PLoS One 2015 16;10(10):e0140618. Epub 2015 Oct 16.
Department of Molecular Medicine, Faculty of Medicine, University of Malaya, Kuala Lumpur, Malaysia.
Background: A soluble form of CD26/dipeptidyl peptidase-IV (sCD26/DPP-IV) induces DPP-IV enzymatic activity that degrades incretin. We investigated fasting serum levels of sCD26/DPP-IV and active glucagon-like peptide-1 (GLP-1) in Malaysian patients with type 2 diabetes mellitus (T2DM) with and without metabolic syndrome (MetS), as well as the associations between sCD26/DPP-IV levels, MetS, and antidiabetic therapy.
Methods: We assessed sCD26/DPP-IV levels, active GLP-1 levels, body mass index (BMI), glucose, insulin, A1c, glucose homeostasis indices, and lipid profiles in 549 Malaysian subjects (including 257 T2DM patients with MetS, 57 T2DM patients without MetS, 71 non-diabetics with MetS, and 164 control subjects without diabetes or metabolic syndrome).
Results: Fasting serum levels of sCD26/DPP-IV were significantly higher in T2DM patients with and without MetS than in normal subjects. Likewise, sCD26/DPP-IV levels were significantly higher in patients with T2DM and MetS than in non-diabetic patients with MetS. However, active GLP-1 levels were significantly lower in T2DM patients both with and without MetS than in normal subjects. In T2DM subjects, sCD26/DPP-IV levels were associated with significantly higher A1c levels, but were significantly lower in patients using monotherapy with metformin. In addition, no significant differences in sCD26/DPP-IV levels were found between diabetic subjects with and without MetS. Furthermore, sCD26/DPP-IV levels were negatively correlated with active GLP-1 levels in T2DM patients both with and without MetS. In normal subjects, sCD26/DPP-IV levels were associated with increased BMI, cholesterol, and LDL-cholesterol (LDL-c) levels.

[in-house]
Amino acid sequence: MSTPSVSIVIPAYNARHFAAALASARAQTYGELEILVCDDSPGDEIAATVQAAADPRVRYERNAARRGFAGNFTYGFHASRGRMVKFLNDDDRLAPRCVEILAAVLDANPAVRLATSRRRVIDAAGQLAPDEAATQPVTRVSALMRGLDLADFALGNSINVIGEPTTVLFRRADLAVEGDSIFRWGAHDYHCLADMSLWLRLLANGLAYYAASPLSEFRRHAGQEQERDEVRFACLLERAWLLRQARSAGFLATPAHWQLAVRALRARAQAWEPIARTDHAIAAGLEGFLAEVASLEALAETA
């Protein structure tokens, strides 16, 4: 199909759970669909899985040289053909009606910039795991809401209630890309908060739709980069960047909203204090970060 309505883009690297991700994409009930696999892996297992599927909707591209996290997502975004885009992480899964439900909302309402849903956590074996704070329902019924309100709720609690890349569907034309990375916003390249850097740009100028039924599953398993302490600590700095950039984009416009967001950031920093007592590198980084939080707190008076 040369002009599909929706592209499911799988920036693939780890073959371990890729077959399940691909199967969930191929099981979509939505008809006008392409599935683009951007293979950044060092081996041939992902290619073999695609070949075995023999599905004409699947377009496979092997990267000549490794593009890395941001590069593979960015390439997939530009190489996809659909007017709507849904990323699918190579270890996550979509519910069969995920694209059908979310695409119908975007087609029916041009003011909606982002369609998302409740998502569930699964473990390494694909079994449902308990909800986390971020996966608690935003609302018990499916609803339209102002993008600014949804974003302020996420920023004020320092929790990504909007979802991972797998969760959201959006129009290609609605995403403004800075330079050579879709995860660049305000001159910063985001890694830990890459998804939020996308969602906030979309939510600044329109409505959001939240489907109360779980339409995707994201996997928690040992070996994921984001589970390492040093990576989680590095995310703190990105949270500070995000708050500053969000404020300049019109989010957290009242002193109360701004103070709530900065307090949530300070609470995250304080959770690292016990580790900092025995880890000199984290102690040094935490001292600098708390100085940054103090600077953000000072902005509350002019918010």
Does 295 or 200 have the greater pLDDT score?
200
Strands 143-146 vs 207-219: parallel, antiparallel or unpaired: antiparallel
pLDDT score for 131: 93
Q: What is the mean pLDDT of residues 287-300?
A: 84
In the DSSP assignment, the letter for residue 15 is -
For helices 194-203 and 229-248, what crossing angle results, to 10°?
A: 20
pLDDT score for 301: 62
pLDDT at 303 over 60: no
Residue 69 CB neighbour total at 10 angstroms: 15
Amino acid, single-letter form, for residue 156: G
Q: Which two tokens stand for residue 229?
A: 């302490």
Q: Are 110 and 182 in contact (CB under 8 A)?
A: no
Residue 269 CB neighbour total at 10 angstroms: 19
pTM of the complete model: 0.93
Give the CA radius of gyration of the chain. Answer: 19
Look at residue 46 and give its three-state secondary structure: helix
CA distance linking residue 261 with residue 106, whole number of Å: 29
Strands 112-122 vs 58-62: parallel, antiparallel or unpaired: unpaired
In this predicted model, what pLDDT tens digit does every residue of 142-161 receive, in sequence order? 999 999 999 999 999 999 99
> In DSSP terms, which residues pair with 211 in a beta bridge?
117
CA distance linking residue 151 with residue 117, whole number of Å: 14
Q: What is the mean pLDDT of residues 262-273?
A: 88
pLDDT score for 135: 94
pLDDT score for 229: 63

Conclusion: Serum sCD26/DPP-IV levels increased in T2DM subjects with and without MetS. Active GLP-1 levels decreased in T2DM patients both with and without MetS. In addition, sCD26/DPP-IV levels were associated with Alc levels and negatively correlated with active GLP-1 levels. Moreover, metformin monotherapy was associated with reduced sCD26/DPP-IV levels. In normal subjects, sCD26/DPP-IV levels were associated with increased BMI, cholesterol, and LDL-c.